Ruscus is a long, tapering greenery with glossy green leaves. I love using it in all kinds of wedding work, including altar sprays, candelabra flowers, cascading bridal bouquets and (as I'll show you here) in both corsage and boutonniere work.
Many online wholesale flower sites insist that DIY brides buy way too much of a single greenery. Investing well over $100 or more in ruscus alone is too much for the average wedding, unless you are planning a large number of floral pieces for the church and a lot of reception centerpieces.
Even if that were the case, I would think you would want to mix up different kinds of greens and not be bound into buying huge quantities of each kind you wanted.
I sell wedding greenery by the single bunch. This gives the bride the freedom to mix and match both flowers and greenery, and not feel limited to a single variety. A single bunch of ruscus is usually enough for adding to several bouquets, corsages and boutonnieres, plus leave some over for adding to a church floral spray or some pew decorations.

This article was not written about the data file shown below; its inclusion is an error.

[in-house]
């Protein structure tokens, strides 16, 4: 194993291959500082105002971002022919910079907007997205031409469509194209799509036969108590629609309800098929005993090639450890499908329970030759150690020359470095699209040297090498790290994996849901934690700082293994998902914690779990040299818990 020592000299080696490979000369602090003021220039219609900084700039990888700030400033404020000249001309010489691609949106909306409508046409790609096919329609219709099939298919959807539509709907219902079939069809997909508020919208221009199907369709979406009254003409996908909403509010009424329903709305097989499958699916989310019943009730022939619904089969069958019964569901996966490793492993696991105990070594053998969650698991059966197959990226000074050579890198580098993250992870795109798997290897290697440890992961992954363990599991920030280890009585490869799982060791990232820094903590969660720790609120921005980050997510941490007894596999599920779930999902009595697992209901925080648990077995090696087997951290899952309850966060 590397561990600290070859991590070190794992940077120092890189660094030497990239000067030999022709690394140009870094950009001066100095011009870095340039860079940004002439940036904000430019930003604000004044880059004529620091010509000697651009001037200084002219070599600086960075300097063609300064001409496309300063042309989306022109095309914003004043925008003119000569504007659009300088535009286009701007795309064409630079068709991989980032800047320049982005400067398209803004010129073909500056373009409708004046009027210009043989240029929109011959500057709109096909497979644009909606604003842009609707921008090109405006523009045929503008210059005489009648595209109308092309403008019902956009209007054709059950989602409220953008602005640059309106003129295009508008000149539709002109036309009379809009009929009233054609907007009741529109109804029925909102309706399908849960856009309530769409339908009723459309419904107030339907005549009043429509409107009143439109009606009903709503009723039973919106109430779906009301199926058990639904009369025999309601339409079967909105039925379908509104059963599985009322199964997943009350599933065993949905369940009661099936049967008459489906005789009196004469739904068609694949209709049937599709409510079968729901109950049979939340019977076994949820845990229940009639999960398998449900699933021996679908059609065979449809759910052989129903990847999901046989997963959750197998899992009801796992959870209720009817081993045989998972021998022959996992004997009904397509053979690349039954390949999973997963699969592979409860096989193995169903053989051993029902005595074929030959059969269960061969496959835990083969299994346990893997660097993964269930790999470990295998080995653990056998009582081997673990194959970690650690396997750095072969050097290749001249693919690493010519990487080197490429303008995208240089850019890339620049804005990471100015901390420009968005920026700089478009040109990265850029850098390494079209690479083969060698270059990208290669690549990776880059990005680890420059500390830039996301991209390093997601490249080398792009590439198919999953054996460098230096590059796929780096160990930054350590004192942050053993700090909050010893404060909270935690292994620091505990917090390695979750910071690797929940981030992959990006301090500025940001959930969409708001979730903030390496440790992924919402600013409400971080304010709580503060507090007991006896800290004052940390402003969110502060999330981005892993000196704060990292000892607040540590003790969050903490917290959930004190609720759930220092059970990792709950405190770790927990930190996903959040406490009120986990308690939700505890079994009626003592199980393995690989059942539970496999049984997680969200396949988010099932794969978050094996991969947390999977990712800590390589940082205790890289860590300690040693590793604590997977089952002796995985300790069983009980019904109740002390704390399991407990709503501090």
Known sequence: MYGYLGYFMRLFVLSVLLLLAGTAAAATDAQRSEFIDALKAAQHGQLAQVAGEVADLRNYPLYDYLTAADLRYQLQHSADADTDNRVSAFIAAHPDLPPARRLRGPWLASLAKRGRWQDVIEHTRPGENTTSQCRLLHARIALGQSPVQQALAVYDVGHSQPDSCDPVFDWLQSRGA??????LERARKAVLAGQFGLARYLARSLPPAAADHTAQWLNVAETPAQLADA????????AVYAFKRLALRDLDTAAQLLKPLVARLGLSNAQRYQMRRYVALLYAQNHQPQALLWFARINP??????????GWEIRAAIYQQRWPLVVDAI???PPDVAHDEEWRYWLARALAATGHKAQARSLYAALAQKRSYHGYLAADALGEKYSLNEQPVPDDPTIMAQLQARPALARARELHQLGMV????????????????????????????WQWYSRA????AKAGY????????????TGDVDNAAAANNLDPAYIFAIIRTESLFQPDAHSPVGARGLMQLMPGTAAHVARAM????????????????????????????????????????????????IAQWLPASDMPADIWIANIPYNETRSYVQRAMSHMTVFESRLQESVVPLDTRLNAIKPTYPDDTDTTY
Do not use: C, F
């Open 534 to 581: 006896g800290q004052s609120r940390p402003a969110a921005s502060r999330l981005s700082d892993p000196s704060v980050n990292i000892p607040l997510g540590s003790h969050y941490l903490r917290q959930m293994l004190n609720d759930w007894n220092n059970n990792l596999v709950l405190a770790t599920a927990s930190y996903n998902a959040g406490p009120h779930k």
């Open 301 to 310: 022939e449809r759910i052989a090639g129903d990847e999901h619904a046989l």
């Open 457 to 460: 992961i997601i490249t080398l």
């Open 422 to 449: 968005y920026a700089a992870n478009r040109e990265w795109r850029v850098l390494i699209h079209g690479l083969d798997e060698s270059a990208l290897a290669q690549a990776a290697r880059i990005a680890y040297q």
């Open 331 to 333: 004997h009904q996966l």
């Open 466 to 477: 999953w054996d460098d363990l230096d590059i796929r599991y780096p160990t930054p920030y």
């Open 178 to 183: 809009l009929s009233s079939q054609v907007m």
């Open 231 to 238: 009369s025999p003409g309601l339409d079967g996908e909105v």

You really need to use a Wedding Flower Calculator to determine exactly how many bunches of each flower and greens you need to order. Otherwise you are likely to over order and waste money on unneeded product.
I am going to take a small sprig of ruscus to back the daisy boutonniere with.
I first strip off a few of the bottom leaves and set them aside to wire individually if needed.
This is a perfect size for the back of my single headed daisy.
I always spray the fresh greens with a flower sealant before using them with my flowers. It seals the greens and slows moisture loss from the leaves, keeping them fresh longer.
Do not spray fresh flowers with this product - use a flower sealant for them.
Before I tape the ruscus to the daisy, I want to wire it so I can bend and manipulate it exactly where I want it.